Jack Wentworth has been described as a teacher who could make students prosper. One former student even said of the former Indiana University Kelley School of Business dean that he “greatly influenced our ability to grow and develop our entrepreneurial tendencies” — that his guidance helped students “prosper in a community and career field that supports the use of our many talents and interests.” Wentworth died Monday (September 11) in Indianapolis at 89.
Wentworth’s skills did not atrophy in uninteresting times. Not only was he dean during a pivotal time (1984 to 1993) in Indiana Kelley’s history, he also was a key player in the formation of The Consortium for Graduate Study in Management, an academic and business network that helps African Americans, Latinos, and others acquire the skills they needed to find a foothold in corporate America. The Consortium marked its 50th anniversary in 2016.
Through the work of Wentworth and a few other leaders, Indiana Kelley became one of three founding schools of The Consortium, which now has 18 member schools and about 500 yearly students and has helped thousands of students from underrepresented populations earn an MBA and find and hold executive positions. The organization grows every year — but its strength and durability weren’t assured when it was born, in the turbulent 1960s.
“The country was going through the same kind of thing that we were going through,” Wentworth said last year in an article marking The Consortium’s 50th year. “We just happened to be a school that recognized this is something we needed to do. It was something that I think took a lot of guts to do, particularly at our level. We did it and it worked, and other schools could see that it worked and they gave us credit for it.”
‘WE DIDN’T NEED THE STUDENTS. WE JUST WANTED TO INTEGRATE THE PROGRAM’
Born in Elgin, Illinois in 1928, Wentworth spent nearly 50 years at Indiana, beginning as a student in 1946, before the school even bore that name. He earned three degrees, all at the school: a bachelor’s in business in 1950, an MBA in 1954, and a doctorate in business 1959. That year he joined the B-school’s staff as an assistant professor.
In a few short years he would leave his first major mark on the IU community.He was a big promoter of The Consortium and a major reason it thrived at Indiana. Born in the civil rights era, like all advances it needed careful nurturing, and at Indiana Wentworth provided it. He directed The Consortium from 1968 to 1978 and chaired it for two years, and he continually raised money from U.S. companies to support talented minority students pursuing graduate studies in business. IU’s legacy in the program is the more than 8,000 men and women of color who have earned a graduate business degree at the school since 1966.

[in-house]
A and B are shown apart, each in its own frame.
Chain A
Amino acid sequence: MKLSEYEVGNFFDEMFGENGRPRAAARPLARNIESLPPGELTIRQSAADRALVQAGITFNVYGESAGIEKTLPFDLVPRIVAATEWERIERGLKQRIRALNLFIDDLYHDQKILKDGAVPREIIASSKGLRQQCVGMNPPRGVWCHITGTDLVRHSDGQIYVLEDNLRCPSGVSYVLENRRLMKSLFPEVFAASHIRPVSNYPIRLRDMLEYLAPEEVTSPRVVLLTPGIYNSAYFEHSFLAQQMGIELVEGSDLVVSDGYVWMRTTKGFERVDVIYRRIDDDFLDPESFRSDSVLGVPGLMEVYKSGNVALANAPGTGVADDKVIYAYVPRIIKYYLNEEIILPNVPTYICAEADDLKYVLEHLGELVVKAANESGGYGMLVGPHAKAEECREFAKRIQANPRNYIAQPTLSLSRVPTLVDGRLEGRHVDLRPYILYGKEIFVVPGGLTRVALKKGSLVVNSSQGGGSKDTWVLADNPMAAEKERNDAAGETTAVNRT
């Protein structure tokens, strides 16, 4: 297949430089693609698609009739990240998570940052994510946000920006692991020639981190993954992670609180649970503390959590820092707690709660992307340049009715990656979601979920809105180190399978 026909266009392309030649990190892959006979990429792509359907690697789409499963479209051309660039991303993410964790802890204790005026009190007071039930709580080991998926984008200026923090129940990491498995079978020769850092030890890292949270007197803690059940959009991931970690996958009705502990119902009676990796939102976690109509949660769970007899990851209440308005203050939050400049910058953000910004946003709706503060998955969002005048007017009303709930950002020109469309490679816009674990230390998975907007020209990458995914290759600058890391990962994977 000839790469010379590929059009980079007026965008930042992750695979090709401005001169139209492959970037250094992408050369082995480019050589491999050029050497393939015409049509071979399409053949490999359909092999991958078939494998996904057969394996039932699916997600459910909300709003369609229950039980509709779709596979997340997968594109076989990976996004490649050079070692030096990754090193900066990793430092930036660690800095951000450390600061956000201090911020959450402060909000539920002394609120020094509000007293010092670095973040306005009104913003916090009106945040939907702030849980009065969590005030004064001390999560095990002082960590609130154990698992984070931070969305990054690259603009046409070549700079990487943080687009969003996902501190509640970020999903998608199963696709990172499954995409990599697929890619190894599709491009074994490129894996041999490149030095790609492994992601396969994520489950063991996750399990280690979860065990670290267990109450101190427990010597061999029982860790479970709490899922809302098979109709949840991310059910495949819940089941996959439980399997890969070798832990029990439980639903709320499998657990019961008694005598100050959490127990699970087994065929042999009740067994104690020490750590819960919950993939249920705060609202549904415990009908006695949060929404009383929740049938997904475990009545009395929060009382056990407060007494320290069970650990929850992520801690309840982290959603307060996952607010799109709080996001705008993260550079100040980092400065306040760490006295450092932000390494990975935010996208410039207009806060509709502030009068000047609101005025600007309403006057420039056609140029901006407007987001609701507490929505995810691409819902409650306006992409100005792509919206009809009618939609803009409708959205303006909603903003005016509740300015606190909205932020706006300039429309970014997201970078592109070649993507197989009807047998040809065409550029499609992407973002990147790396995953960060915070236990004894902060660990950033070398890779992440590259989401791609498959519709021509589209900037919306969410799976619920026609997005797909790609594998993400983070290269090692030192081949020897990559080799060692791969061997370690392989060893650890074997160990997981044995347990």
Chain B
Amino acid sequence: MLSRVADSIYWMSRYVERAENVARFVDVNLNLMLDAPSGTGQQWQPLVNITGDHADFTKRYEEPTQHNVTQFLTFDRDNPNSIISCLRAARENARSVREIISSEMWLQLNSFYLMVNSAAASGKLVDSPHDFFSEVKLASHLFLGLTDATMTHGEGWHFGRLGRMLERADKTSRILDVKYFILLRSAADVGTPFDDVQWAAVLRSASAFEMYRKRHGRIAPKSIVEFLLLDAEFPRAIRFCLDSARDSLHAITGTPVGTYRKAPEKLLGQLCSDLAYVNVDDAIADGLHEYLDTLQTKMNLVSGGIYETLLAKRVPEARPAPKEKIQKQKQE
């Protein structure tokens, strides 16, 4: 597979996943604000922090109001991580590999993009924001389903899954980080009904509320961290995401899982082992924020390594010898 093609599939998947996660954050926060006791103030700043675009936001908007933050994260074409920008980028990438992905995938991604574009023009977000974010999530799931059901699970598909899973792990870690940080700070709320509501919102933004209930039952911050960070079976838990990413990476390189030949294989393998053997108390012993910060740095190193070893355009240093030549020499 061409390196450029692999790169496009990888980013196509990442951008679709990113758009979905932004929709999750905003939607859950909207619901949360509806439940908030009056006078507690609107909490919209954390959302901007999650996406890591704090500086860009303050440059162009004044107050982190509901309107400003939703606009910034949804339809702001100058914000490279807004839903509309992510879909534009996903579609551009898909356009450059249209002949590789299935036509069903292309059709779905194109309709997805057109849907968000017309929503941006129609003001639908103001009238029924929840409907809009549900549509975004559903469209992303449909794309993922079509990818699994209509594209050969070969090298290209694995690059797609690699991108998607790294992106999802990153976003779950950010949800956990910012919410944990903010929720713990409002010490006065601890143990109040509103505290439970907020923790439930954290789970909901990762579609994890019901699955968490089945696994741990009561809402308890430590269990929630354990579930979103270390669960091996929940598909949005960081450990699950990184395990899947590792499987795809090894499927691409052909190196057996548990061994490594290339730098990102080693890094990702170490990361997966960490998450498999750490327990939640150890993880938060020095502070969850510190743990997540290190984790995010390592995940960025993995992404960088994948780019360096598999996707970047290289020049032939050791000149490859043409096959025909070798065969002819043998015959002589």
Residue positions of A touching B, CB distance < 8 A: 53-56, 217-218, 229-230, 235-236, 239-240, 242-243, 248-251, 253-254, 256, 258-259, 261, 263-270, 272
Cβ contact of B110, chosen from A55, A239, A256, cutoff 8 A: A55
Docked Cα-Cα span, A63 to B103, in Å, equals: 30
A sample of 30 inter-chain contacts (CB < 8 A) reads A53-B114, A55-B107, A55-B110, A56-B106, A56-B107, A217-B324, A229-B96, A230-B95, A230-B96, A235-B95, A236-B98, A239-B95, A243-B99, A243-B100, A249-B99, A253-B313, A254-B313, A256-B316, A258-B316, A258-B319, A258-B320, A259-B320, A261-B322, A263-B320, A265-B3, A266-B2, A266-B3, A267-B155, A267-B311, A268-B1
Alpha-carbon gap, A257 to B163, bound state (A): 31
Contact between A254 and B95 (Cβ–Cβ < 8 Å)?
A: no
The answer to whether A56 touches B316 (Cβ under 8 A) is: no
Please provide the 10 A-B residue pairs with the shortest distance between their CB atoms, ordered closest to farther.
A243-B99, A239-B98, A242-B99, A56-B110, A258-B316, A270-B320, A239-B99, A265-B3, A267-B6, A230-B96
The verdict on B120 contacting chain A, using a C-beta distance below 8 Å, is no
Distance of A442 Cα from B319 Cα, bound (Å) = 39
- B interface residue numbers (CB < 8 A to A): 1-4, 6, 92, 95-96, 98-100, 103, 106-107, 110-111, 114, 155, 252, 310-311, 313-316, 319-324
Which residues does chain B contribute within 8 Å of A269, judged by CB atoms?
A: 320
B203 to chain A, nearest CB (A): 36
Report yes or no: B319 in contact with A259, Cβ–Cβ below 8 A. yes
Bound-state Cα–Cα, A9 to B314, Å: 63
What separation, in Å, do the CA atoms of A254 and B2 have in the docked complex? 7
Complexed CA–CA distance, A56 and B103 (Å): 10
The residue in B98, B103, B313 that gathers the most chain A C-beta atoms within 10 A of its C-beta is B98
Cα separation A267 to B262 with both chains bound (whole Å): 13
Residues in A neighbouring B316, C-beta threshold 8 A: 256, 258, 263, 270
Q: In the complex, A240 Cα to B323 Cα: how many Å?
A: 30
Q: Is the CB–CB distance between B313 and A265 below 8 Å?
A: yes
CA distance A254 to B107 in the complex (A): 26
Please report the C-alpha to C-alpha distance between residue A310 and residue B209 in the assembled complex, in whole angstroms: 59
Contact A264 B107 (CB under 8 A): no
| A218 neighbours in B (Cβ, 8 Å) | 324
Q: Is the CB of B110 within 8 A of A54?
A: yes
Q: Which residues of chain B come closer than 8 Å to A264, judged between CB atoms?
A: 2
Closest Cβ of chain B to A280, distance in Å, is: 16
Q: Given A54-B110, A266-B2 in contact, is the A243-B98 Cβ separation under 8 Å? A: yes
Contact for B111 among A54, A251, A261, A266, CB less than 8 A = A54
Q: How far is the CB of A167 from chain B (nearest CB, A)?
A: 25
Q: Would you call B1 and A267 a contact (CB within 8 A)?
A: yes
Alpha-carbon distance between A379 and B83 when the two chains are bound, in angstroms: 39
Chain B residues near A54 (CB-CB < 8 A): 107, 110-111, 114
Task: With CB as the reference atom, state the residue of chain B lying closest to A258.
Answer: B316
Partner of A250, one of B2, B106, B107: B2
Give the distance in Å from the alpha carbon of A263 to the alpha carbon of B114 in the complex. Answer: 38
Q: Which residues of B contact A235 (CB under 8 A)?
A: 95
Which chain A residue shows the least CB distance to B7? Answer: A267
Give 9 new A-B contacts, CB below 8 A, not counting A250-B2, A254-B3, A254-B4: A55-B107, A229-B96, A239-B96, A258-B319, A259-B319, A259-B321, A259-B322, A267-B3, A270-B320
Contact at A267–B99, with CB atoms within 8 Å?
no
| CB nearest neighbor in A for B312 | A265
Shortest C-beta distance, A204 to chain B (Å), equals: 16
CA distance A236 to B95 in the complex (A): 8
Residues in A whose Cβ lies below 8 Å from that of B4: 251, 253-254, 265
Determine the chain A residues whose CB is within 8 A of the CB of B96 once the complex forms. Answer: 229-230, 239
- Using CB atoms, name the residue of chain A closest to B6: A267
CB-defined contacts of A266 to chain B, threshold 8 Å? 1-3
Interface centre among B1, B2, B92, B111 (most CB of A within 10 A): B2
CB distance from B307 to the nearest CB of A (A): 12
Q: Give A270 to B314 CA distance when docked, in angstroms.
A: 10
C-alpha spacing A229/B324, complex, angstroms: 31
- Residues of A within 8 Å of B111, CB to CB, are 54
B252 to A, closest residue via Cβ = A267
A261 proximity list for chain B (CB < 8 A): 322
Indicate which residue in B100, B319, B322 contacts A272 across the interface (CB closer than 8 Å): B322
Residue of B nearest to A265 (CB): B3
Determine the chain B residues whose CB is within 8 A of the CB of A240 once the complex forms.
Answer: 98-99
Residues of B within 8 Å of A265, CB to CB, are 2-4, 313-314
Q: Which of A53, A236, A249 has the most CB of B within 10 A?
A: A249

“It was an opportunity for us,” Wentworth said last year. “We didn’t need students; we didn’t do it for that reason. We just wanted to integrate our program.”
AN IMPACT TOO BIG TO MEASURE
A marketing professor, Wentworth directed the B-school’s Division of Research (a precursor to Kelley’s Indiana Business Research Center) from 1961 to 1971 and the MBA program from 1971 to 1976. He became dean in March 1984. During his nine years at the helm, Indiana’s undergraduate business and MBA programs rose to greater national prominence, and private support for the school grew nearly fivefold. Membership in its alumni association nearly doubled, and a foundation was laid for the school’s extensive international involvement today.
Many of the initiatives from Wentworth’s term are still in place today, said Idalene “Idie” Kesner, current dean of the Kelley School, including the Johnson Center for Entrepreneurship and Innovation and the Center for Real Estate Studies. He also created a separate office for the dean and new associate deanships. His impact continues, and will continue, to be felt in many ways, Kesner said in a statement released by the school.
“Jack introduced pivotal changes to the Kelley School, allowing our organization to achieve recognition as a leading business school in the U.S.,” Kesner said. “He will be deeply missed by the faculty and staff of the Kelley School and by members of the IU community overall. His gentle demeanor and thoughtful leadership left its mark on the culture of our school, and we will forever be grateful.”